21 September 2018 - 10h00
Jean Castellini was the guest of the Monaco Press Club at the Métropole Monte-Carlo on 14th September. The Minister of Finance and Economy expressed his pleasure at the good state of health of the Monegasque economy, but did not hide the fact that a number of construction sites are causing problems, and underlined the efforts made in the area of social housing.
The summer season? It was a good one, according to Jean Castellini, with employment stable at around 80%. The average per-room price increased from €377 to €400 over the course of a year for the period between June and August, a rise of 7.3%, and the REVPAR, the average revenue per available room, rose by 6%. In August, the average revenue was 465 euros, and the REVPAR was 384 euros. With almost 3,000 participants, the Rendez-Vous de Septembre (insurance and reinsurance) virtually saturated the Principality’s hotel capacity. The number of overnight stays for business tourism showed a sharp increase as early as June. Tourism began in wintertime 150 years ago, recalled the Minister, and today the winter experience is working well, and business clients are present. With 700 events a year and extremely high-level conventions, tourist activity is thus “smooth” throughout the year, which was the objective.
On the subject of Le Larvotto, he admitted that the activities might have been penalized by the work on the offshore extension, although all the actors involved have attempted to reduce its impact. We should not forget that the weather played a part, with a late start to the season and a number of weekends of poor weather, he stressed.
The 2019 season will be impacted by these works far less. And as for the future? A Larvotto that is “all beautiful, all new”, which will integrate well with the extension, taking up Renzo Piano’s project, because the esplanade has aged, like the car parks, and architectural consistency is needed. The project will be presented to the elected representatives by the end of the year, but there will be no “bling”. The cost of the project has not yet been determined: it was originally 50 million – this was the State departments’ project – and the cost including the Piano plan should still fall within a similar budget. It will be an evolution, not a revolution, and we must not “break the spirit”. While the consortium of companies is taking responsibility for the studies and the design, the additional costs will be borne by the State, which will provide supervision and launch a call for tenders, says Jean Castellini. The works should begin at the end of 2019 or the beginning of 2020.
The idea is to draw inspiration from the Hôtel de Paris, which in the end is continuing to operate during the works, with scaled closings and re-openings of its iconic locations, said Jean Castellini.
“The human and social elements are at least as important as economics and finance“, explained the Minister of Economy and Finance, “but if they are to have their place, the finances need to be in good shape“.
The CHPG and the Ilot Pasteur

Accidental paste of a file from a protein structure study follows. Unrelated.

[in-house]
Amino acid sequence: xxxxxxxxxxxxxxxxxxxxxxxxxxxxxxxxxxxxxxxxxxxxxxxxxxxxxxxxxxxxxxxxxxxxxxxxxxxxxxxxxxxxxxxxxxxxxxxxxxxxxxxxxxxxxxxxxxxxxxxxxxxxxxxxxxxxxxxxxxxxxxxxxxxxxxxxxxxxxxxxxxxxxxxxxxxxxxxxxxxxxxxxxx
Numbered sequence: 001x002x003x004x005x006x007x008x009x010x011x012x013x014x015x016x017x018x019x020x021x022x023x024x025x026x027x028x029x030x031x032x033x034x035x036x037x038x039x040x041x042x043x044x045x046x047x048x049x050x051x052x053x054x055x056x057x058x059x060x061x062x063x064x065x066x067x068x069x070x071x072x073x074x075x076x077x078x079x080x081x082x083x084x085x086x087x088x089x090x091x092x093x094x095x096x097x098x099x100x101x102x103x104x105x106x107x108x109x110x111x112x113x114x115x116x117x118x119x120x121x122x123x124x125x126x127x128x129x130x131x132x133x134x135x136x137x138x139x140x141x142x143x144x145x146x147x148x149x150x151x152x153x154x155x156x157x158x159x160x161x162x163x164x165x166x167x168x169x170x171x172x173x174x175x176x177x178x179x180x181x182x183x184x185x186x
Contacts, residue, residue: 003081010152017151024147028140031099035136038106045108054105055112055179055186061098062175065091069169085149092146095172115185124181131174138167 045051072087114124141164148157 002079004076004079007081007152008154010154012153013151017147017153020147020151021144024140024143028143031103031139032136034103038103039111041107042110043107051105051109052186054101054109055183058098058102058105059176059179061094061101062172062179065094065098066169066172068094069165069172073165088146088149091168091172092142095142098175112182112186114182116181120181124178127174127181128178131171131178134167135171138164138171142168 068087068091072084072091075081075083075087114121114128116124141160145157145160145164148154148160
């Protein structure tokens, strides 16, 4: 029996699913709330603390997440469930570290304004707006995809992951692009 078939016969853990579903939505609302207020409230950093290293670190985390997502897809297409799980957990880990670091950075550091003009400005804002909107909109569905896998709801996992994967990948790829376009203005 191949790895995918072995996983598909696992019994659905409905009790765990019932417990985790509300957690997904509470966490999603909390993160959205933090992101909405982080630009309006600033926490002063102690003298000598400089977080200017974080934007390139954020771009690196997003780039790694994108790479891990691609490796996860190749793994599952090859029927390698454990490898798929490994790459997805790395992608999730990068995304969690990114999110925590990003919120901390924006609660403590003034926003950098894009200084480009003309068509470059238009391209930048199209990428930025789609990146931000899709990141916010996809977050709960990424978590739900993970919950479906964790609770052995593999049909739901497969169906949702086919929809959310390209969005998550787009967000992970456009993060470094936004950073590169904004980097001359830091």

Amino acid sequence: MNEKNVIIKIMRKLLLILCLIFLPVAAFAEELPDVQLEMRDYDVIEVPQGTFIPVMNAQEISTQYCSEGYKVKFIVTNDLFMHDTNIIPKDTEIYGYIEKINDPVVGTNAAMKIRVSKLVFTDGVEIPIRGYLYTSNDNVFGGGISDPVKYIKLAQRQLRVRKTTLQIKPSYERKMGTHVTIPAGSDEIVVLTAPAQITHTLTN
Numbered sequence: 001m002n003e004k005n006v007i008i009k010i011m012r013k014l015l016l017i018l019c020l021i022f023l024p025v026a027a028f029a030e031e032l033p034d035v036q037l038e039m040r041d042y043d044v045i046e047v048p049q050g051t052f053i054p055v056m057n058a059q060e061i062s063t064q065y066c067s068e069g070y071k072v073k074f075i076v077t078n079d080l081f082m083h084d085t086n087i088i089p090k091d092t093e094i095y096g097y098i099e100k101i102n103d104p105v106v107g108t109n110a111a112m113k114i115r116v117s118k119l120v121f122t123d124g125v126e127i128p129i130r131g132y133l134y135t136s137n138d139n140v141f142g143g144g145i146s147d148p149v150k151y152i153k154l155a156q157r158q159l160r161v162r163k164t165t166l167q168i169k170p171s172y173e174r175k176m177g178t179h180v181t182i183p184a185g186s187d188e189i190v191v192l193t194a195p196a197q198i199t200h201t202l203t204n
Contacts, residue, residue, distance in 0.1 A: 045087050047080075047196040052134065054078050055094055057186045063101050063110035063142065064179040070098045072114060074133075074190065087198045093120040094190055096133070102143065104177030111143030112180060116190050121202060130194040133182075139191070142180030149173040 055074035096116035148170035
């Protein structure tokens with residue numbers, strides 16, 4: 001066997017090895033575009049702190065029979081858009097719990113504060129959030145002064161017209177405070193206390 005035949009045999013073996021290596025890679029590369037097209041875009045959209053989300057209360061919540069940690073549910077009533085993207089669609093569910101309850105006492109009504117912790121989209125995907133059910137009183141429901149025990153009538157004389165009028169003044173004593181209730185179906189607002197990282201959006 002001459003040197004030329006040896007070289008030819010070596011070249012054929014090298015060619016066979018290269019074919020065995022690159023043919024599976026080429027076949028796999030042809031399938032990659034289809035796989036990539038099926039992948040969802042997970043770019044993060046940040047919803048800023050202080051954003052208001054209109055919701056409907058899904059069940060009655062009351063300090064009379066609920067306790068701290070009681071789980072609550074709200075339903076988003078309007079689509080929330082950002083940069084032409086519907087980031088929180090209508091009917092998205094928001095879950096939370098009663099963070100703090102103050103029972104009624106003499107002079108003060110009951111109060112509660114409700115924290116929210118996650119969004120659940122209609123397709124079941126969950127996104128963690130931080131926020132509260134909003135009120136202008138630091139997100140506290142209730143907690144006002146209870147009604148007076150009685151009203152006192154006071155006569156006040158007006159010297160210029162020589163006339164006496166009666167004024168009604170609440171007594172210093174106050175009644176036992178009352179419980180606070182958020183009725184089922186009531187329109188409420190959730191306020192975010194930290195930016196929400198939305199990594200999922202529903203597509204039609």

Having started by discussing with the offshore extension, the work on which is progressing according to schedule, and Le Larvotto, where work is scheduled to begin at the end of next year, it was just a short step to citing other more problematic issues that are in the spotlight. With regard to the CHPG, Jean Castellini is of the opinion that “what is happening will not fundamentally call the final cost into question”. “There will be inevitable financial consequences, but they can be mitigated or shared”. On the other hand, the Minister did not hide the fact that after 15 years, the cost might “technically” increase from 750 million to 1 billion euros taking account of revaluation, which, he insisted, was normal with a revaluation over such a period, especially as the problems with the construction site cannot but have an impact on the schedules. There will be years in which the costs will be very significant, but they are not the first, and will amount to hundreds of millions, he explained. In any case, Jean Castellini expressed his pleasure at the fact that his predecessor had decided to make an annual provision in the State budget, even though the Board of Auditors had expressed some reservations in principal at the time.
“It is an extremely complex site, and we were perhaps over-optimistic with regard to certain estimates. The contract provides for penalties in the case of overruns, and the costs will be shared, and will not be borne entirely by the public authorities“, he continued. “These slippages mostly involve the schedules. We will recover a part, but not all, of the delay. But let’s not chastise ourselves”, insisted Jean Castellini: “You often see significant delays with ambitious projects in other large countries. This should not be used as an excuse, but we need to put things into perspective“.
The CHPG construction site is not the only one to raise questions, however. The Ilot Pasteur site is currently at a standstill, confirmed the Minister. An initial call for tenders had estimated certain costs wrongly, explained. “We asked whether we should continue”. In the end, it was preferred to halt the project, and another call for tenders will be launched, in the knowledge that the least expensive offer will not necessarily be selected. There is also a problem with the car park at the Darse Nord at Port Hercule. The paving has been completed, but there is the question of the sea, and what happens below it is complicated, Jean Castellini confirmed, recalling the problems encountered when the works at the Yacht Club began. Even though the techniques have been mastered, there are always unforeseen events…